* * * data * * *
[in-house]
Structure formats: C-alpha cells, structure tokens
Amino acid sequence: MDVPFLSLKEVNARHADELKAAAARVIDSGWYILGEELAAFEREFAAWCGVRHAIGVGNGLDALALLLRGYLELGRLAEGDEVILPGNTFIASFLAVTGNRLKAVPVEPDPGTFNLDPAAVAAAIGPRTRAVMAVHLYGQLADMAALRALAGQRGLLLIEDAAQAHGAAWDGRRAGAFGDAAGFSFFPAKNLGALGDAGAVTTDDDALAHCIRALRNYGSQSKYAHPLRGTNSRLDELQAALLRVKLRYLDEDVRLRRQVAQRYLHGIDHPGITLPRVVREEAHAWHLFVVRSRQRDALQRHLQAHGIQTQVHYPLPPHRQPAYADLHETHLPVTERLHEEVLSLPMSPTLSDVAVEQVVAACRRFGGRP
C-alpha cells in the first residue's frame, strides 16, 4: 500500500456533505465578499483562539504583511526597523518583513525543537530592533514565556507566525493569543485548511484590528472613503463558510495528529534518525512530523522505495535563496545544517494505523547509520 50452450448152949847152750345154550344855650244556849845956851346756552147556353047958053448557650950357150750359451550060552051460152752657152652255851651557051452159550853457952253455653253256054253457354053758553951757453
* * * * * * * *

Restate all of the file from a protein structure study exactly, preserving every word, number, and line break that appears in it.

[in-house]
Structure formats: C-alpha cells, structure tokens
Amino acid sequence: MDVPFLSLKEVNARHADELKAAAARVIDSGWYILGEELAAFEREFAAWCGVRHAIGVGNGLDALALLLRGYLELGRLAEGDEVILPGNTFIASFLAVTGNRLKAVPVEPDPGTFNLDPAAVAAAIGPRTRAVMAVHLYGQLADMAALRALAGQRGLLLIEDAAQAHGAAWDGRRAGAFGDAAGFSFFPAKNLGALGDAGAVTTDDDALAHCIRALRNYGSQSKYAHPLRGTNSRLDELQAALLRVKLRYLDEDVRLRRQVAQRYLHGIDHPGITLPRVVREEAHAWHLFVVRSRQRDALQRHLQAHGIQTQVHYPLPPHRQPAYADLHETHLPVTERLHEEVLSLPMSPTLSDVAVEQVVAACRRFGGRP
C-alpha cells in the first residue's frame, strides 16, 4: 500500500456533505465578499483562539504583511526597523518583513525543537530592533514565556507566525493569543485548511484590528472613503463558510495528529534518525512530523522505495535563496545544517494505523547509520 50452450448152949847152750345154550344855650244556849845956851346756552147556353047958053448557650950357150750359451550060552051460152752657152652255851651557051452159550853457952253455653253256054253457354053758553951757453